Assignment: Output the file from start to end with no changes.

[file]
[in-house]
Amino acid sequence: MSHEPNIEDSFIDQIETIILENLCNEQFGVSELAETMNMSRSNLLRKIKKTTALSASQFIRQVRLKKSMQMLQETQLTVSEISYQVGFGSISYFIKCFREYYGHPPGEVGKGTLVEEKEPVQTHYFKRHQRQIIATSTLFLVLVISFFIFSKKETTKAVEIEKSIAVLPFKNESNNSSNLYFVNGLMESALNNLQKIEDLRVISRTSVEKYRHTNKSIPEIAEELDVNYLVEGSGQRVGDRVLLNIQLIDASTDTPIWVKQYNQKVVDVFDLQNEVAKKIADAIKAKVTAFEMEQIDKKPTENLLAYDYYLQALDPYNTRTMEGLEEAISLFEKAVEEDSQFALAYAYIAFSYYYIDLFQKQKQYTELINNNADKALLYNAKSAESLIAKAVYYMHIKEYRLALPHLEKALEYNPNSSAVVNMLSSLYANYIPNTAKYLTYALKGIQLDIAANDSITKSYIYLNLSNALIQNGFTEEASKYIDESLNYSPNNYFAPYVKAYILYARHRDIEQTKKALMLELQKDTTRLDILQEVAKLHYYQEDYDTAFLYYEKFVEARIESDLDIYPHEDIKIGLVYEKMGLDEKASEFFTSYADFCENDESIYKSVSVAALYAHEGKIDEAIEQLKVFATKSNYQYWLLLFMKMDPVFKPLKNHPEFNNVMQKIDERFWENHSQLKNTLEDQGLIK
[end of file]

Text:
[in-house]
Amino acid sequence: MSHEPNIEDSFIDQIETIILENLCNEQFGVSELAETMNMSRSNLLRKIKKTTALSASQFIRQVRLKKSMQMLQETQLTVSEISYQVGFGSISYFIKCFREYYGHPPGEVGKGTLVEEKEPVQTHYFKRHQRQIIATSTLFLVLVISFFIFSKKETTKAVEIEKSIAVLPFKNESNNSSNLYFVNGLMESALNNLQKIEDLRVISRTSVEKYRHTNKSIPEIAEELDVNYLVEGSGQRVGDRVLLNIQLIDASTDTPIWVKQYNQKVVDVFDLQNEVAKKIADAIKAKVTAFEMEQIDKKPTENLLAYDYYLQALDPYNTRTMEGLEEAISLFEKAVEEDSQFALAYAYIAFSYYYIDLFQKQKQYTELINNNADKALLYNAKSAESLIAKAVYYMHIKEYRLALPHLEKALEYNPNSSAVVNMLSSLYANYIPNTAKYLTYALKGIQLDIAANDSITKSYIYLNLSNALIQNGFTEEASKYIDESLNYSPNNYFAPYVKAYILYARHRDIEQTKKALMLELQKDTTRLDILQEVAKLHYYQEDYDTAFLYYEKFVEARIESDLDIYPHEDIKIGLVYEKMGLDEKASEFFTSYADFCENDESIYKSVSVAALYAHEGKIDEAIEQLKVFATKSNYQYWLLLFMKMDPVFKPLKNHPEFNNVMQKIDERFWENHSQLKNTLEDQGLIK